Three things: Inviting you to tonight’s public hearing on Act 250 and tomorrow’s webinar on the Renewable Energy Standard, and sharing an update about our legal work around Combined Sewer Overflows in Rutland.
Stay informed, connected, and engaged—three things.
Attend a Virtual Public Meeting to Help Modernize Act 250 and Protect Vermont’s Environment
Tonight, December 14th, from 5:30-7:30pm, the Vermont Natural Resources Board (NRB) will hold a virtual public meeting on a draft report that recommends updates to Act 250, Vermont’s historic statewide land use program. Act 250 was designed to help protect Vermont’s natural resources, communities and working lands from poorly planned development over 50 years ago. Since its enactment, many new challenges have emerged and the latest report has important recommendations to better address the housing shortage in smart ways, while better protecting our natural resources and addressing threats posed by climate change. We hope that you can plan to participate in the virtual meeting to let the NRB know that the draft report must call for changes to Act 250 to meet the challenges Vermont faces today.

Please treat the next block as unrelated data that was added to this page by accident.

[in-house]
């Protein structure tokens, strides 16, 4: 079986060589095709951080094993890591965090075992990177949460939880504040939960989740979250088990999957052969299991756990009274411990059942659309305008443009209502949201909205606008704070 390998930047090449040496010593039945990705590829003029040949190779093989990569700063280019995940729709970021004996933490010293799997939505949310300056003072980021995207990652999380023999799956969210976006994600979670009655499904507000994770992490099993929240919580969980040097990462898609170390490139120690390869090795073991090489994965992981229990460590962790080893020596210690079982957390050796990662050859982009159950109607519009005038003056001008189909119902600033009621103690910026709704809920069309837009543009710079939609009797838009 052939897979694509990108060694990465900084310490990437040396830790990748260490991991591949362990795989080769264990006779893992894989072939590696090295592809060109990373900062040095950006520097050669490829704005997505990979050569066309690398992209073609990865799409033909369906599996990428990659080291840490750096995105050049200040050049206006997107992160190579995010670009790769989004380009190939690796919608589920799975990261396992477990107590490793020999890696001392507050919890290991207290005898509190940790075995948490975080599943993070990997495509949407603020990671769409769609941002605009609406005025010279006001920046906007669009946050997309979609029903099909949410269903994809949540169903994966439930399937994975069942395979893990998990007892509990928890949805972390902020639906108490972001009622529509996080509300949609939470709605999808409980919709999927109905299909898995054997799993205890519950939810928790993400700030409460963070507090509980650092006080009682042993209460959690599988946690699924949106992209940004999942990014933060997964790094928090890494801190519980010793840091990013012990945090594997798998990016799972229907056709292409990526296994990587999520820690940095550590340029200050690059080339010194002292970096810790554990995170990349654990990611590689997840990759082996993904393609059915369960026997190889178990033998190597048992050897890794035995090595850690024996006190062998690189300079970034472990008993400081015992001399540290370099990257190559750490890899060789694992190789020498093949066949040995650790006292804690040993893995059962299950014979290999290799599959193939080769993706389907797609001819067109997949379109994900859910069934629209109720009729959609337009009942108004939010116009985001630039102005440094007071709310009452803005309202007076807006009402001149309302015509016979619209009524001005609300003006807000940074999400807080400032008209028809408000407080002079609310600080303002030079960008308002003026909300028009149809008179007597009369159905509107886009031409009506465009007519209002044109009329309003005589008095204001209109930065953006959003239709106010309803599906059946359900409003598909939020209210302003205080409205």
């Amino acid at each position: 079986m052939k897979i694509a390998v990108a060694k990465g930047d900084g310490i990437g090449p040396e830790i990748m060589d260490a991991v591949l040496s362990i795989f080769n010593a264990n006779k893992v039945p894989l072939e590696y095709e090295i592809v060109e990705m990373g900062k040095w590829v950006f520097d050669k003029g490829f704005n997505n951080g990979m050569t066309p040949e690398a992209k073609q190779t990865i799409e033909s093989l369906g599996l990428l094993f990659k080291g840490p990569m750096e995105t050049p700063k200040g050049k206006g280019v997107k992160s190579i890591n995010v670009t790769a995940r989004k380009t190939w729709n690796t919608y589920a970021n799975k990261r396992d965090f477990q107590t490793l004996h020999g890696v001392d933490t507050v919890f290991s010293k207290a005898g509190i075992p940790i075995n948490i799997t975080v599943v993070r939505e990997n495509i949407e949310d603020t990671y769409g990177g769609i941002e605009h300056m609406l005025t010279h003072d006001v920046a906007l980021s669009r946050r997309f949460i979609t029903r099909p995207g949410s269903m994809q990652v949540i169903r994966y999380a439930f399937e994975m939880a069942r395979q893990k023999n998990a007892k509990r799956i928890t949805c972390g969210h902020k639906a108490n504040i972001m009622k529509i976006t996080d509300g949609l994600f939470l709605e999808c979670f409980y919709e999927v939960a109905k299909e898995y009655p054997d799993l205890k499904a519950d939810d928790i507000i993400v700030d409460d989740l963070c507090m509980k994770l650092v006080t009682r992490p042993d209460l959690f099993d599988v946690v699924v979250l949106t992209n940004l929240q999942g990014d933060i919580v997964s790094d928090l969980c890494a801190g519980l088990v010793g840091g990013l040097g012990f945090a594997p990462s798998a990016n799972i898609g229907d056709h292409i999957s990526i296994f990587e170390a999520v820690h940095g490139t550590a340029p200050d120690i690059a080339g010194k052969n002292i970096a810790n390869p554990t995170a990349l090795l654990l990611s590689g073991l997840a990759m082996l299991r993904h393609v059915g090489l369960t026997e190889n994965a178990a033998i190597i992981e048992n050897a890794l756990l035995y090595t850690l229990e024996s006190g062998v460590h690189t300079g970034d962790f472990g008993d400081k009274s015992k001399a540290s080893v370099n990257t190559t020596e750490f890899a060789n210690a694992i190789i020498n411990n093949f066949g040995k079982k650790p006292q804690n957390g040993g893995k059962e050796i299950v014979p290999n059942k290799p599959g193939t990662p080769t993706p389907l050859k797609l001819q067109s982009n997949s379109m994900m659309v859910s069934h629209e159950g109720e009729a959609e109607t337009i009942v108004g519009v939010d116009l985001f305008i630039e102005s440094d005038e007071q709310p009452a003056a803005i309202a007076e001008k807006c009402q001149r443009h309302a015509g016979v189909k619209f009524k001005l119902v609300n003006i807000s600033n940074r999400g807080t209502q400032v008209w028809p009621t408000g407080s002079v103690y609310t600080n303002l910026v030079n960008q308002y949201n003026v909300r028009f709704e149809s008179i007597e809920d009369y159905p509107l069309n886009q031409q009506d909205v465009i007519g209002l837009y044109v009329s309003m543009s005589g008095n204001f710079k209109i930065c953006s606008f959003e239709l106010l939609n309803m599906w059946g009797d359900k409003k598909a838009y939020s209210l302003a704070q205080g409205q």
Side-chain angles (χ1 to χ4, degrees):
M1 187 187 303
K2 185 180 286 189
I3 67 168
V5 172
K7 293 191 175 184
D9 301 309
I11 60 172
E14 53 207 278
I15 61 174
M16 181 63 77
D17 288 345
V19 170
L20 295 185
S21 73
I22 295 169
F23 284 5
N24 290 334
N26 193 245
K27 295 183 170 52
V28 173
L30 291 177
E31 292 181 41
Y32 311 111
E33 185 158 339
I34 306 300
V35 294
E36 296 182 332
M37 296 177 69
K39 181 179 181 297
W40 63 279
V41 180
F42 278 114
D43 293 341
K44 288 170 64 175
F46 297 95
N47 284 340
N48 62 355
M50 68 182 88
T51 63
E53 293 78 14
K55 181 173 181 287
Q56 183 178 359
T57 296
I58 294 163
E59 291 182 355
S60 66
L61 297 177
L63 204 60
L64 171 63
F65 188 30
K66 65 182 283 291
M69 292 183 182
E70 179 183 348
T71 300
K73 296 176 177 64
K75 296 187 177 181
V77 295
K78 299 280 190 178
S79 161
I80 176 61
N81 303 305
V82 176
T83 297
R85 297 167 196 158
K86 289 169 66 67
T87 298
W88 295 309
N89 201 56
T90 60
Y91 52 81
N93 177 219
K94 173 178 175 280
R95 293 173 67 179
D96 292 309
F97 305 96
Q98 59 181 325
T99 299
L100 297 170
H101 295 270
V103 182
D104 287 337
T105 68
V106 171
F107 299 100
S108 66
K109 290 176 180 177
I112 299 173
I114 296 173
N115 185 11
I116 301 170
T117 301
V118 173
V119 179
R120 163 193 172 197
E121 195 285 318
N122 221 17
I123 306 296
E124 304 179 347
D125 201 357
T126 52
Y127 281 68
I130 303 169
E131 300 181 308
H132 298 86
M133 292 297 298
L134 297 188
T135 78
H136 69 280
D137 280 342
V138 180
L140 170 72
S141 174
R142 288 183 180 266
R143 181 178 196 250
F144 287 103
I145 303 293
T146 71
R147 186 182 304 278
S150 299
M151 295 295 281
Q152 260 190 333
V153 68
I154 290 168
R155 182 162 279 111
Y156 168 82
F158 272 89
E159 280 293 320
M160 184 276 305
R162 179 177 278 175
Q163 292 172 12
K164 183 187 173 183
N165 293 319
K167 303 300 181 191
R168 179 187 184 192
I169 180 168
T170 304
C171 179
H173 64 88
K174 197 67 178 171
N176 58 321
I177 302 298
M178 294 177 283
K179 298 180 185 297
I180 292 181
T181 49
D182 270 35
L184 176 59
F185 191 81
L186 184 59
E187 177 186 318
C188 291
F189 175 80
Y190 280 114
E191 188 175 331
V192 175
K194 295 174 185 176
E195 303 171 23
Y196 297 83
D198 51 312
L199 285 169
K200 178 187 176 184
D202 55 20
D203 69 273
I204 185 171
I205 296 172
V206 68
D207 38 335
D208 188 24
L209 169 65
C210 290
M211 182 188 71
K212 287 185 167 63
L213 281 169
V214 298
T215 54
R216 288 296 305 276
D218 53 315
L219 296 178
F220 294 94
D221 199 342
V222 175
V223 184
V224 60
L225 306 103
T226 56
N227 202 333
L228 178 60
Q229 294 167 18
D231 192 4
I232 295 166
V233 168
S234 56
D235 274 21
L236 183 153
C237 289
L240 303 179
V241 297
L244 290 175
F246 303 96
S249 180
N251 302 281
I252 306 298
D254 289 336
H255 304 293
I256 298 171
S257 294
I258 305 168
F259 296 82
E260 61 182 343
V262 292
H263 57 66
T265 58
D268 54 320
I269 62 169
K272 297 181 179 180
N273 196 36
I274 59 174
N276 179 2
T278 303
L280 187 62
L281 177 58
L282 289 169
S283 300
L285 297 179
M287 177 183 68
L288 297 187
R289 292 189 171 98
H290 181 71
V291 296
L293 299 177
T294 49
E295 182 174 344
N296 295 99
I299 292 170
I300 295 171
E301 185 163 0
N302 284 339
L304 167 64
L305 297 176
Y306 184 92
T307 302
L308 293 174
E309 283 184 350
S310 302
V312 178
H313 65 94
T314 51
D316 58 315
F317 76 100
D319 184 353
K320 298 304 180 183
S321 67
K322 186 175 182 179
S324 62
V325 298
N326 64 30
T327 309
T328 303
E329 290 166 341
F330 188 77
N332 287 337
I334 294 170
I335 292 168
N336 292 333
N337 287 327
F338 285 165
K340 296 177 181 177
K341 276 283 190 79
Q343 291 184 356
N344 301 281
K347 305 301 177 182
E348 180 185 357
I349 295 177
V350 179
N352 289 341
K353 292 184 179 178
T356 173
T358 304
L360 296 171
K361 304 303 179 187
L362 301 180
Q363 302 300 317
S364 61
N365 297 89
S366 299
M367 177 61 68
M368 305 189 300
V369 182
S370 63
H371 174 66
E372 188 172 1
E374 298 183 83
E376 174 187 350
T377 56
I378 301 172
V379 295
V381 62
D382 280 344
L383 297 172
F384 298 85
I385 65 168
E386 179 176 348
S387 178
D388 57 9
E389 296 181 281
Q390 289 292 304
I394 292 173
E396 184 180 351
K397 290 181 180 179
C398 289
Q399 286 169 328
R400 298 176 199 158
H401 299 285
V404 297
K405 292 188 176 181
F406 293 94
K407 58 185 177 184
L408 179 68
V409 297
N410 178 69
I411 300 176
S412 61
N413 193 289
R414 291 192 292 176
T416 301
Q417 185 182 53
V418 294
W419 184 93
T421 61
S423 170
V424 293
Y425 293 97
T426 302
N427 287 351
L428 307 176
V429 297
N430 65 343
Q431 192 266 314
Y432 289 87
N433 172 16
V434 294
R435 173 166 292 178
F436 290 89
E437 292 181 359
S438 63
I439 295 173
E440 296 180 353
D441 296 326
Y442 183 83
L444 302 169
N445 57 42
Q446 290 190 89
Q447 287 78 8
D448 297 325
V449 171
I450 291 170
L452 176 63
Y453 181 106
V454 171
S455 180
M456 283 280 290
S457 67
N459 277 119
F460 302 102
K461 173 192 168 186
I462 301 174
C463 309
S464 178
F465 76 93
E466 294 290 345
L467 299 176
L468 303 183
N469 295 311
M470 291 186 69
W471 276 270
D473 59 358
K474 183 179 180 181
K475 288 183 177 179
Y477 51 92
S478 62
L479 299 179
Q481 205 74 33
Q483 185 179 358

You’re Invited: The Opportunity in Modernizing Vermont’s Renewable Energy Standard – Tomorrow at 12pm via Zoom
Join us tomorrow, Friday, December 15th at 12pm to learn about Vermont’s current Renewable Energy Standard (RES), and how its 2032 requirements are not going far enough to help reduce carbon pollution and combat climate change. This legislative session, we’re looking to help advance a more robust RES that requires 100% renewable energy and more in-state renewable energy generation here in Vermont. Along with VNRC, hear from panelists from Conservation Law Foundation and VPIRG as we dig into the details of proposed changes to the RES with plenty of time for questions. We hope to see you there!
VNRC is Taking Legal Action to Protect the Rutland Community from Combined Sewer Overflow Impacts
Combined sewer overflows (CSOs) occur when combined sewer systems – designed to collect and direct sewage and stormwater to wastewater treatment facilities – overflow during heavy rain, releasing raw or partially treated sewage into the environment. This poses risks to human and environmental health. Regulated under the federal Clean Water Act, cities and towns with CSOs need a permit to comply and the Vermont Agency of Natural Resources (ANR) issues these permits. In 2022, VNRC sued ANR and the City of Rutland, with the aim of ensuring CSOs are effectively controlled, ANR is held accountable, and the public has a voice in shaping control actions to protect water quality and communities. Last Wednesday, VNRC filed a legal motion asking that Rutland’s Wastewater Discharge Permit include specific actions that the city must take over the five year permit term to reduce combined sewer overflows (CSOs) and work towards eliminating them.